As the saying goes “truth is stranger than fiction” as I continue to value my experiences in this world, not only is it true, but sometimes, truth is at least, if not more, compelling than fiction.
When non-fiction enters my mind, I immediately think of biographies, a long time favorite read since childhood. I’ve read about the lives of Judy Garland to Napoleon and find them all amazing (isn’t that the catch-word these days? Yes, I use it too.) They began as regular people, like us, and their lives were far from perfect despite great achievements, being entertainer or emperor. Like I wrote in “On the Lives of Writers” in biographies legendary people love, hate, feel happiness, despair, and sometimes live out long fulfilling lives while others fall from grace.
In non-fictional stories, on my short list of favorites is “Seabiscuit” by Laura Hillenbrand. With my usual see movie/read book habit, I really couldn’t believe how great this book was as I read it. And it’s one of my favorite films. Books and films for me rarely pair together as close as these did. The film gave us the stories of the three men behind the rise of the legendary racehorse, and Hillenbrand told a magnificent story sparing the reader no details about the lives of all of them, including rules behind the horse racing industry (serious business), the appalling lives of jockeys back then, and what happened to everyone after Seabiscuit’s retirement. The saddest to me was the fate of acclaimed jockey George Woolf; sometimes the brightest lights burn the shortest time.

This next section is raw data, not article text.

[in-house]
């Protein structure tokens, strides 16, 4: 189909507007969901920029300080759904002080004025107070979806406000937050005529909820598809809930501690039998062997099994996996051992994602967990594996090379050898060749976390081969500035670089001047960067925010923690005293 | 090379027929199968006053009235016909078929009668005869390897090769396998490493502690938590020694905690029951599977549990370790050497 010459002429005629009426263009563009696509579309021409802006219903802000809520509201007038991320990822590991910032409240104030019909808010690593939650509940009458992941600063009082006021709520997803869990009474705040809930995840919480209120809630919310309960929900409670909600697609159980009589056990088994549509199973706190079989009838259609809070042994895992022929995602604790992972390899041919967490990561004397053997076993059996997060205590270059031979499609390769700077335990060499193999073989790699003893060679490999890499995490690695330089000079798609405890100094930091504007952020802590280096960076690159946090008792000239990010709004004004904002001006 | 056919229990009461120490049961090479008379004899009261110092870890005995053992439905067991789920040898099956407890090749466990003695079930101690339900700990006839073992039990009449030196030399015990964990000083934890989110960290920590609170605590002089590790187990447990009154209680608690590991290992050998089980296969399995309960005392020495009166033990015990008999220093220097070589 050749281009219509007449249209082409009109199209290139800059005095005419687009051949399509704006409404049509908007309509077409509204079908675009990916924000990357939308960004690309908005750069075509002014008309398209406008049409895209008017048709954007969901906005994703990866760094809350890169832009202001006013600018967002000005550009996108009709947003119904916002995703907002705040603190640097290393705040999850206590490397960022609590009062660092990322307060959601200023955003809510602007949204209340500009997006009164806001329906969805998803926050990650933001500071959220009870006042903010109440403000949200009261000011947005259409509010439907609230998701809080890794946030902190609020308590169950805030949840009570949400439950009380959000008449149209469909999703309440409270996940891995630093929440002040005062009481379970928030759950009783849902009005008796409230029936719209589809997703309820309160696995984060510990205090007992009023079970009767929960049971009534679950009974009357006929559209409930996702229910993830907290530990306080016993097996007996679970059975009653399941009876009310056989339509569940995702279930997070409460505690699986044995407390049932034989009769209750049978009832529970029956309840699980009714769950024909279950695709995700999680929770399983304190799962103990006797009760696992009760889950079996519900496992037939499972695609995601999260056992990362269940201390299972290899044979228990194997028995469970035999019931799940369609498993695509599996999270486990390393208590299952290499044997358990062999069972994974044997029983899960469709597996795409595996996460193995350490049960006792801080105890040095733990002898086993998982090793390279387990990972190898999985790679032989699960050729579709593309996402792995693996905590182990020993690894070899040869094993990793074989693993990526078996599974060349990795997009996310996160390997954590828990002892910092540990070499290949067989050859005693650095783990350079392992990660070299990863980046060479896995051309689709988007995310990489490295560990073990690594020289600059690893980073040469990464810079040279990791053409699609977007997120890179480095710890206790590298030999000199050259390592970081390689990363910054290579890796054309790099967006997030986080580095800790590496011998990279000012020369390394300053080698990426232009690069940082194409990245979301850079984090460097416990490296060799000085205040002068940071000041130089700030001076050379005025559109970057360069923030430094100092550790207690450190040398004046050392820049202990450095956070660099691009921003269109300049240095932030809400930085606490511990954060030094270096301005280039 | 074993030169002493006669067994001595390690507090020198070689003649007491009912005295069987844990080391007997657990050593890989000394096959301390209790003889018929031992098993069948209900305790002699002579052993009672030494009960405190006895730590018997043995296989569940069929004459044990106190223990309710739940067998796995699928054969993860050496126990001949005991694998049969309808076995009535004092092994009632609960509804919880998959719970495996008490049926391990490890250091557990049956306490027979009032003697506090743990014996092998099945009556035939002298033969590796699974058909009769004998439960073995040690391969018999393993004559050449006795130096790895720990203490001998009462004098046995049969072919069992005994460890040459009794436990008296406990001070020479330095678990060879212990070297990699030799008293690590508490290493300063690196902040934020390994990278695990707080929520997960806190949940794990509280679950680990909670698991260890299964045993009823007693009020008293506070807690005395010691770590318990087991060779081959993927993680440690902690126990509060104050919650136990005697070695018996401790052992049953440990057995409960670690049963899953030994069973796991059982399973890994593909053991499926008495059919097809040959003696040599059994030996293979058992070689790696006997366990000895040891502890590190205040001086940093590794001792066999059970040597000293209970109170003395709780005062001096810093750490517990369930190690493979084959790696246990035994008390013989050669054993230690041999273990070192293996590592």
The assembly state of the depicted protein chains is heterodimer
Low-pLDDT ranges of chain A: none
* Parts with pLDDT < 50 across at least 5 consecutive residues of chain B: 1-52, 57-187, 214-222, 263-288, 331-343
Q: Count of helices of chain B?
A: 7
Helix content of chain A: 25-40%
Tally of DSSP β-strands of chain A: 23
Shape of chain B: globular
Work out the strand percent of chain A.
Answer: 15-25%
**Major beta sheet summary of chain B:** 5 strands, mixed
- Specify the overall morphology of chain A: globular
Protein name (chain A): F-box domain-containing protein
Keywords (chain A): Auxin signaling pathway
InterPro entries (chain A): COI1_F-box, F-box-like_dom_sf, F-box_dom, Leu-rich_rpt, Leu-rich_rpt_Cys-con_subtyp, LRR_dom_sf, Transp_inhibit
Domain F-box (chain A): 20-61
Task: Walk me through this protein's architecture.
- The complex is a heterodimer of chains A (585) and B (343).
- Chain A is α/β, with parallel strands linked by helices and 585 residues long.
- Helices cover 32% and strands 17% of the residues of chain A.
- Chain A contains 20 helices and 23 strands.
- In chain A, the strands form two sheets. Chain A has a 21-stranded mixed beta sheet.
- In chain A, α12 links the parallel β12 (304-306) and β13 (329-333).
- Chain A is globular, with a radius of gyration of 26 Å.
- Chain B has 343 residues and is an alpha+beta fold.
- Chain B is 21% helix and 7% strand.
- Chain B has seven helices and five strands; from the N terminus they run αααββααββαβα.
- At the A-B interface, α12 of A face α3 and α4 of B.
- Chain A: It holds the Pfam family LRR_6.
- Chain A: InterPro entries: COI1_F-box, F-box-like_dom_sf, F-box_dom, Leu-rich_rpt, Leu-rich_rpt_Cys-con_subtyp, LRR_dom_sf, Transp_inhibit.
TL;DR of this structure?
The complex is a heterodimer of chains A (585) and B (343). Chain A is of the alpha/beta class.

In non-fiction writing, I admire these writers, because to me, they are creators as well, like a huge term paper that’s researched while entertaining to read. That’s doesn’t look like an easy effort to me. At least the world is already created, but the author still needs to educate the reader about the world we know during the time he/she writes about. There is a non-fiction story I’d like to tell, but when I sat down to put together the data I gathered, I realized quickly as a writer, I’m not ready. When a writer steps up to tell fiction, that’s what it is: Fiction, research helpful, but not an absolute necessity. For non-fiction: Writer, you’d better do your research and get your facts straight, because there’s always someone who thinks they know the history better. (Though I’ve never seen “Seabiscuit” the book challenged).
Writers, if you’re writing non-fiction, I’d like to hear (read) about it, even though fiction is the main topic of this blog. While I like my dark fantasy dagger wielding knee-biter heroine Shevata, someday I hope to write the piece of non-fiction that I think deserves telling. And most of all, non-fiction gives us remembrance to those who lived before us, and in their passing left us with something we can learn from their lives.